Samuel Brittan, 18 March 1982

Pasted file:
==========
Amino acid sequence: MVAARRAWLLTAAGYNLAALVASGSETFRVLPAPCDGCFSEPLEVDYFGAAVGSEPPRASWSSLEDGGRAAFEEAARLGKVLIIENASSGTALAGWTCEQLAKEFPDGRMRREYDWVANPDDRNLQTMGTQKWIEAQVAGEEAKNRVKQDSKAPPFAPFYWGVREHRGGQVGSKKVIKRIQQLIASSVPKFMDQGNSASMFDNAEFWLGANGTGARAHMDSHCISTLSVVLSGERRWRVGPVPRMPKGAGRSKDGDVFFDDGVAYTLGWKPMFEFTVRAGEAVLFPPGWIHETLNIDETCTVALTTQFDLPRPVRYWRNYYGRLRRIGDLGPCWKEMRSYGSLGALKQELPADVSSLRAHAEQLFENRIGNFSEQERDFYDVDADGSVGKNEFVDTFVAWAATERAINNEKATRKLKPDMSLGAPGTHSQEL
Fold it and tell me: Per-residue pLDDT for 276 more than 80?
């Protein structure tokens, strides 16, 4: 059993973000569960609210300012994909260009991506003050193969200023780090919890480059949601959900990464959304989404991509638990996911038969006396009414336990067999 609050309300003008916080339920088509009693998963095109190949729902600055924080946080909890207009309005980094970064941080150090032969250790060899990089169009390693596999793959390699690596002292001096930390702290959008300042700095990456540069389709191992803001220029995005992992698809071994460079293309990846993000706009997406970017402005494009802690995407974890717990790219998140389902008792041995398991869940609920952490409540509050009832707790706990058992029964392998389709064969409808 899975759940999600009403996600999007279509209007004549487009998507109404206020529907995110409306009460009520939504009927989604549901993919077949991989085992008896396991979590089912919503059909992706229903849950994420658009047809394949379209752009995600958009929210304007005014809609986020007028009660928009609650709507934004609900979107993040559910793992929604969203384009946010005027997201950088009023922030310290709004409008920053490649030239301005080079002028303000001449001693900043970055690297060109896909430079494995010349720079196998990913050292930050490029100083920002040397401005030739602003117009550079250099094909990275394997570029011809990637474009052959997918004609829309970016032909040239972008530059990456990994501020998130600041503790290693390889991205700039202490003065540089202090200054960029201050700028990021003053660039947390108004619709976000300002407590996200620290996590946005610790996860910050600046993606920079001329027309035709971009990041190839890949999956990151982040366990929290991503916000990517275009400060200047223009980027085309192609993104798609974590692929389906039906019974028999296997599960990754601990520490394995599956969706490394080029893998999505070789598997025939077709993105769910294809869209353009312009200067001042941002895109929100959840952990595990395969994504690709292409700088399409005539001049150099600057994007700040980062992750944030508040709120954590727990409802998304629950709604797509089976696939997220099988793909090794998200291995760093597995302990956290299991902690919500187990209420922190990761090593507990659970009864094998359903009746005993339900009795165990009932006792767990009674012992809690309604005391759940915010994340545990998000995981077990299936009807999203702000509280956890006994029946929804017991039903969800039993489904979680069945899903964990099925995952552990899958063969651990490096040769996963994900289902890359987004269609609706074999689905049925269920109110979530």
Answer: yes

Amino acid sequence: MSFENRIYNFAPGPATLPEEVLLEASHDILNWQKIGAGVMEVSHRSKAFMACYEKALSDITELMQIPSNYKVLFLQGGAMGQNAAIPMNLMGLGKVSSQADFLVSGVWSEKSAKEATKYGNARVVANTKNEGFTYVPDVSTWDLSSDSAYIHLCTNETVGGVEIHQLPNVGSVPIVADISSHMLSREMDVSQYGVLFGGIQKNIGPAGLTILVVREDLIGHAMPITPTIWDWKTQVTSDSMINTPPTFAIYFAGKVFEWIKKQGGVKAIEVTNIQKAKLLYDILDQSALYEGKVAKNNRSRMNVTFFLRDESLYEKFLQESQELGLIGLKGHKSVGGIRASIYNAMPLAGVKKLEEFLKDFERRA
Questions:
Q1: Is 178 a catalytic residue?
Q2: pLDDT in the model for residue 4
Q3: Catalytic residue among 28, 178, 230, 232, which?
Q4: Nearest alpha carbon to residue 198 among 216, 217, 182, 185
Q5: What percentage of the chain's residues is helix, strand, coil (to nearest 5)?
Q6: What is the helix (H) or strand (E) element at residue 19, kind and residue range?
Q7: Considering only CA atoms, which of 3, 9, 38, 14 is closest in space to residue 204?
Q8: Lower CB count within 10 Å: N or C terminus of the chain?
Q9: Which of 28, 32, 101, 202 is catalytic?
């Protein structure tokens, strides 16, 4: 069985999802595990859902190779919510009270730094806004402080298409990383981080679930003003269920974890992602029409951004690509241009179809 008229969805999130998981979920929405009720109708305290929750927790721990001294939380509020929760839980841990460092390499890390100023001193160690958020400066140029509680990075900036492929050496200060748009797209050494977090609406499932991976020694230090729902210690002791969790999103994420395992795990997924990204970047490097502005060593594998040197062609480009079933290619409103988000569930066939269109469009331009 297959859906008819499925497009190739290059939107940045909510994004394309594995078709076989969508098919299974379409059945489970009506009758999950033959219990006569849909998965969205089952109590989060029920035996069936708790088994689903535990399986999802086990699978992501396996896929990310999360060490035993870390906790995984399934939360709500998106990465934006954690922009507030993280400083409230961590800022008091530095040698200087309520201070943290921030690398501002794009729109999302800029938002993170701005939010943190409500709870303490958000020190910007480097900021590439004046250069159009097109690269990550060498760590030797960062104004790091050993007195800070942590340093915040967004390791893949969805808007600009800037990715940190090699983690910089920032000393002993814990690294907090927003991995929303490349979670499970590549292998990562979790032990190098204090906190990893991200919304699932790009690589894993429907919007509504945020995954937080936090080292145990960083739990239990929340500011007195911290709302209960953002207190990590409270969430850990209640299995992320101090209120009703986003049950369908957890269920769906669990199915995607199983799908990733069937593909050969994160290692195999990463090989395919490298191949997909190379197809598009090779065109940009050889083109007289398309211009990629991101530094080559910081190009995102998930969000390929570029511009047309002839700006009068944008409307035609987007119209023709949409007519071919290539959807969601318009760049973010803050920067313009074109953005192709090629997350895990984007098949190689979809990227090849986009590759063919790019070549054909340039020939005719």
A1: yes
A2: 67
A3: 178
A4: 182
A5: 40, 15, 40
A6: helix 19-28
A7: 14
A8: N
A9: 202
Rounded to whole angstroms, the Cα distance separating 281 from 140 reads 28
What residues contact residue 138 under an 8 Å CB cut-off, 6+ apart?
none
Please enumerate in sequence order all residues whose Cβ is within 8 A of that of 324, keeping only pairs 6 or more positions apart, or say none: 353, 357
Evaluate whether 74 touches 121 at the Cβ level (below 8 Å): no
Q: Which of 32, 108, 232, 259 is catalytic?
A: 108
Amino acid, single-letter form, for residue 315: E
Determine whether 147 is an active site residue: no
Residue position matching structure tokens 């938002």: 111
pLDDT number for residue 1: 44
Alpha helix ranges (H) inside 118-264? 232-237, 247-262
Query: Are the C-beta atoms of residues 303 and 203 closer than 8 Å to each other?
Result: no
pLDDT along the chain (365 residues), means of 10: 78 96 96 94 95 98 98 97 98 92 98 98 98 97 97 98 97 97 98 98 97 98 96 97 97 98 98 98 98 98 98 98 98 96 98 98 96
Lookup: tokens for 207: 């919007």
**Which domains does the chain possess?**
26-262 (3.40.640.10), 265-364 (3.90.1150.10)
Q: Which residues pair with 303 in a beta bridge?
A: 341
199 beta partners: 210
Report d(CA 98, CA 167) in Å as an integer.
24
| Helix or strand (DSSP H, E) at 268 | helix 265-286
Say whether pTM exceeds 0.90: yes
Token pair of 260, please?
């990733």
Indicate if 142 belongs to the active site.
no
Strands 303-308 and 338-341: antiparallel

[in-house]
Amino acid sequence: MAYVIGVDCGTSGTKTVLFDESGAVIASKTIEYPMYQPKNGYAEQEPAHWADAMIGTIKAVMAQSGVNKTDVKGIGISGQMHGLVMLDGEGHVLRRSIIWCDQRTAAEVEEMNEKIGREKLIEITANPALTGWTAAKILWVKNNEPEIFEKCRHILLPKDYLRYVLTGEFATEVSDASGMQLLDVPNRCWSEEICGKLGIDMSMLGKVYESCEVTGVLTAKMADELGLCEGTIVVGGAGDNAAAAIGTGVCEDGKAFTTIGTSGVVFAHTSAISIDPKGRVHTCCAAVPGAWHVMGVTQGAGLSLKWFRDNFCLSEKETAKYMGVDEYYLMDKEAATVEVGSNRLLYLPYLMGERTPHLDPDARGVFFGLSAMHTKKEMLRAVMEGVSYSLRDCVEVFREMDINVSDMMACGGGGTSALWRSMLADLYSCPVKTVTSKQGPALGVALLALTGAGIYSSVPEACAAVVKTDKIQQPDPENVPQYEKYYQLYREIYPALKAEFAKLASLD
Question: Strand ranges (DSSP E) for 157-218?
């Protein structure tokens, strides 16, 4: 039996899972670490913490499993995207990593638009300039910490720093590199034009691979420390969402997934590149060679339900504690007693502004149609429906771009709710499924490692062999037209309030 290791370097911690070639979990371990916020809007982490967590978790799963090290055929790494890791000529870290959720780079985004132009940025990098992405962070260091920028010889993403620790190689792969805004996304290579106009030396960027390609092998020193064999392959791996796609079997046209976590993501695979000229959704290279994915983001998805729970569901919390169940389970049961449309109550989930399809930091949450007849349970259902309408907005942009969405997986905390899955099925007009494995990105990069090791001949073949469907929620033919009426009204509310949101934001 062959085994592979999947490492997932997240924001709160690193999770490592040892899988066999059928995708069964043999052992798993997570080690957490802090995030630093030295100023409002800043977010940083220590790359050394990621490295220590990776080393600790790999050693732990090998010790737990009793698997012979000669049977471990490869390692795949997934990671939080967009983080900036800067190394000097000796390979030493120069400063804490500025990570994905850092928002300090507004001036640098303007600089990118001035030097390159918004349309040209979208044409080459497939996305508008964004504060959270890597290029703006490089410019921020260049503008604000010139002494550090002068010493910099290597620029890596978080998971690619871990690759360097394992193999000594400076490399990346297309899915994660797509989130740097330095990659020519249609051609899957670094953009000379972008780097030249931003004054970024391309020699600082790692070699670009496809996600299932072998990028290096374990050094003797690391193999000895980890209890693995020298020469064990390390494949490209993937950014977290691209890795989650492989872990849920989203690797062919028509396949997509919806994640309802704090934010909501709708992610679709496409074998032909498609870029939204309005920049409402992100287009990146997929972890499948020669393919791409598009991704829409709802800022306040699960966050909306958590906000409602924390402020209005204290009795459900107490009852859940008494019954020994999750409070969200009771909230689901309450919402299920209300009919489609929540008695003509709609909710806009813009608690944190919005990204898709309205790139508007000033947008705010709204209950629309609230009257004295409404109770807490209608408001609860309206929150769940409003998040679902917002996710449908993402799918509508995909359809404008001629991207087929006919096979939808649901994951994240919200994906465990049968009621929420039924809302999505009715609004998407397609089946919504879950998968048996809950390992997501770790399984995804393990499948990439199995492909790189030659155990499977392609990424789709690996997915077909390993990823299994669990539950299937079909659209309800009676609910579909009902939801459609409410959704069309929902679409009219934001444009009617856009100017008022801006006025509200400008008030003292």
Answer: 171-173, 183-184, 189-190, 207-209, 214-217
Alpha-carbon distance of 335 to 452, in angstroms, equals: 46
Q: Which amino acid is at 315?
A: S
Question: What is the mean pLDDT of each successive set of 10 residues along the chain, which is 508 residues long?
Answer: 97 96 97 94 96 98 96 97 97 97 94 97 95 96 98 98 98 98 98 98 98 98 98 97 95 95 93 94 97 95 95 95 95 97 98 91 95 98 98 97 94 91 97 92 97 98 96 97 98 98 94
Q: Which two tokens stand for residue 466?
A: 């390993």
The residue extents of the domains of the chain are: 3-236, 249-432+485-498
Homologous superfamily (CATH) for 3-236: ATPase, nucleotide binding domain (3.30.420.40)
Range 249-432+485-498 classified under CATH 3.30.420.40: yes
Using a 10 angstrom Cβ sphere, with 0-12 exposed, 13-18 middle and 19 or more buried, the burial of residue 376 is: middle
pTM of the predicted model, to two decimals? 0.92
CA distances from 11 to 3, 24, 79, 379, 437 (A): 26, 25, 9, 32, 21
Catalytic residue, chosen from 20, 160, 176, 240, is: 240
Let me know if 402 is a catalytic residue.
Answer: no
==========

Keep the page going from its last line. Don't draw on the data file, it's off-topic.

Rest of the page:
All monopolies work by raising the price per unit sold at the expense of a reduction in volume. Unions are no exception. They are in business to raise the pay of those already employed, even at the expense of fewer jobs. Fear of redundancy is some check, although a limited one where the majority remain at work. Reductions in employment which occur through natural wastage and non-recruitment are much less of an inhibition. Those priced out of work by union activists have the choice between being crowded into inferior jobs in the non-union sector (which is very small for manual workers, and almost non-existent in the public services) or the dole. The effect of union power on employment is thus clearly adverse. But how large a role it has had in producing the current total of three million unemployed is more debatable. James Meade has no doubt that it has played the key role; and he devotes the greater part of the first of his two volumes on Stagflation to an analysis of reforms in wage-fixing methods which would promote rather than destroy employment. The reforms, he believes, must come in the guise of incomes policy.